I watched the BBC series Wild Isles, presented by David Attenborough. It was beautiful to look at, but it left me wondering about ‘nature’, as presented by these programmes.
In the first episode we were shown a pod of Orcas off the coast of Shetland (or was it Orkney?). I’ve watched enough of these shows to know the kind of spectacle we can expect from Orcas – they typically harry their prey to a slow and terrifying death and I still vividly remember, from Attenborough’s Arctic show, the closeup shot of an exhausted seal looking straight at the camera, as orcas dragged it off an iceberg to be torn to pieces. It felt wrong to be staring into its eyes.
This time round a baby seal, which had swum out some way off the shore, was caught by a member of the pod. The orca then took it, still alive, to a group of its companions, where, after a certain amount of playing with its victim, the successful hunter demonstrated to younger orcas -Sir David sounded quite aroused at this point- how to hold it under water and drown it.
Later on, though, we were shown an orca that had itself drowned in a fishing net. Sombre music played. This drowned cetacean was apparently a tragedy, while the slow torment of the baby seal had been presented as something rather thrilling. Why, I wondered? Why should I care about one and not the other?
The same pattern persisted throughout the series. Predators hunting and killing -and quite often targeting the young of their prey- dominated most episodes, and were presented as an exciting spectacle, accompanied by rousing, if sinister, music,as you might hear in an action scene in a movie. We were being offered animal-killing as a voyeuristic entertainment, not unlike the animal slaughters that the Romans put on in their arenas, except that this was ‘nature’ so we could savour it guilt-free. But then there would be a sudden switch of tone and talk about the fragility of ‘nature’ and the need to protect it from the depredations of humanity. I found this no longer worked for me. I grew bored of the slaughter, and even sickened by it, and it certainly didn’t put me the mood for ‘only man is vile’ pieties. My thoughts were more on the lines of Kurtz in the Congo jungle: ‘The horror, the horror.’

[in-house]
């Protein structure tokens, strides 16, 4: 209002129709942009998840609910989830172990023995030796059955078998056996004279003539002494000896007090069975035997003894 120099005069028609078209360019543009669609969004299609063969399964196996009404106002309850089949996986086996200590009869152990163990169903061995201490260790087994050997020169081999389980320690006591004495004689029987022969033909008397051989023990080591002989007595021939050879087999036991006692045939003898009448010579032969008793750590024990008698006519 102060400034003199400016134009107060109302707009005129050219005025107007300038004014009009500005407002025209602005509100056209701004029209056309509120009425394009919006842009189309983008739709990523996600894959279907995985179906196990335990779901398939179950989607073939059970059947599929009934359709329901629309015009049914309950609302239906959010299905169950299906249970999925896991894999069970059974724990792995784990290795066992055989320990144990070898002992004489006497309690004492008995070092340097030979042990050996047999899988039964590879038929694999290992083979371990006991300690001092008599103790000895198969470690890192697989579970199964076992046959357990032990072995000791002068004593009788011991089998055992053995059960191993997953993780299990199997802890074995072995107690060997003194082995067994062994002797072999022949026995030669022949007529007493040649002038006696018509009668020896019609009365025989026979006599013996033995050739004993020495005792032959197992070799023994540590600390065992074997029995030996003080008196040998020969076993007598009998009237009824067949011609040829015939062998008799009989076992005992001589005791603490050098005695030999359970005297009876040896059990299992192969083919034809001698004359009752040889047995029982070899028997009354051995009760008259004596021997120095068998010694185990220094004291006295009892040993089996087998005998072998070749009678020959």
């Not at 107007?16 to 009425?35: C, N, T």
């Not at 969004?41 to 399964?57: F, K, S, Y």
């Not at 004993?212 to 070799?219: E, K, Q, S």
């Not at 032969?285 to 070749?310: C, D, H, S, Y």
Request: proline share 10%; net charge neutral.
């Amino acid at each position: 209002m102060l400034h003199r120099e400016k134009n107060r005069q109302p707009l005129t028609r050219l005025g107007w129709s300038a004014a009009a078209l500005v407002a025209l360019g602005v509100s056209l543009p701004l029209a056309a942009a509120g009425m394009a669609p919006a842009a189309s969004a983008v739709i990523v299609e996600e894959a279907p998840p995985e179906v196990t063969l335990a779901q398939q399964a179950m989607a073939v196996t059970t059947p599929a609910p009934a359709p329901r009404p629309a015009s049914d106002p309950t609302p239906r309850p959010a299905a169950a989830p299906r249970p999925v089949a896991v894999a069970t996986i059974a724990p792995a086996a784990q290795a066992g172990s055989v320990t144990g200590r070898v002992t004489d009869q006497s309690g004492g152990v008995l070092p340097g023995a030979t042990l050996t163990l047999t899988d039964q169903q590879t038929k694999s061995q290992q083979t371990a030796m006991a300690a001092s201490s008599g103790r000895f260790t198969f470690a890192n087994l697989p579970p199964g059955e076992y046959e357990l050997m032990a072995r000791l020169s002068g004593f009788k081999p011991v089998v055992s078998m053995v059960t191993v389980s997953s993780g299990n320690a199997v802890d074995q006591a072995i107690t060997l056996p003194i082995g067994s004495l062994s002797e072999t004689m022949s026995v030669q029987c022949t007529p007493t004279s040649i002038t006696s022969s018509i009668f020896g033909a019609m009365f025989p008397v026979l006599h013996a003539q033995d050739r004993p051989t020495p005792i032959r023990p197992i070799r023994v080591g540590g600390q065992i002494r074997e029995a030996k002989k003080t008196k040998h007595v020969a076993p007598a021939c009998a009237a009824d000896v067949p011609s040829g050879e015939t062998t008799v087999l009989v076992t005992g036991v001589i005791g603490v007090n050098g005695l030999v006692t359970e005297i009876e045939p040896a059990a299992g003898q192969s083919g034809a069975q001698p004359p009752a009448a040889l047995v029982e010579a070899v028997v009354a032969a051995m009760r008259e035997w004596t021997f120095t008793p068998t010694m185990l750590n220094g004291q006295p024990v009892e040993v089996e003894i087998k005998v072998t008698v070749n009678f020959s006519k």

After hunting scenes, the next most frequent dramas depicted in these shows are the endless combats between male animals fighting to obtain, or defend, access to females. In one episode a huge, repulsive male seal spotted an equally huge and repulsive rival that had emerged from the sea, and flopped and wriggled his blubbery bulk across the sand to do battle. They ripped each others flesh, they roared, they reared up to look as big as possible. The much less repulsive female seals meanwhile hurried to get their babies out of the way, because the males in such battles are apparently so indifferent to anything except their need for dominance, that they will crush their own children to death without a thought if these are foolish enough to get in their way.
It all felt rather familiar actually, like the story-line for much of human history. Not so much a case of ‘only man is vile’, as ‘nature is vile, and we’re a part of it.’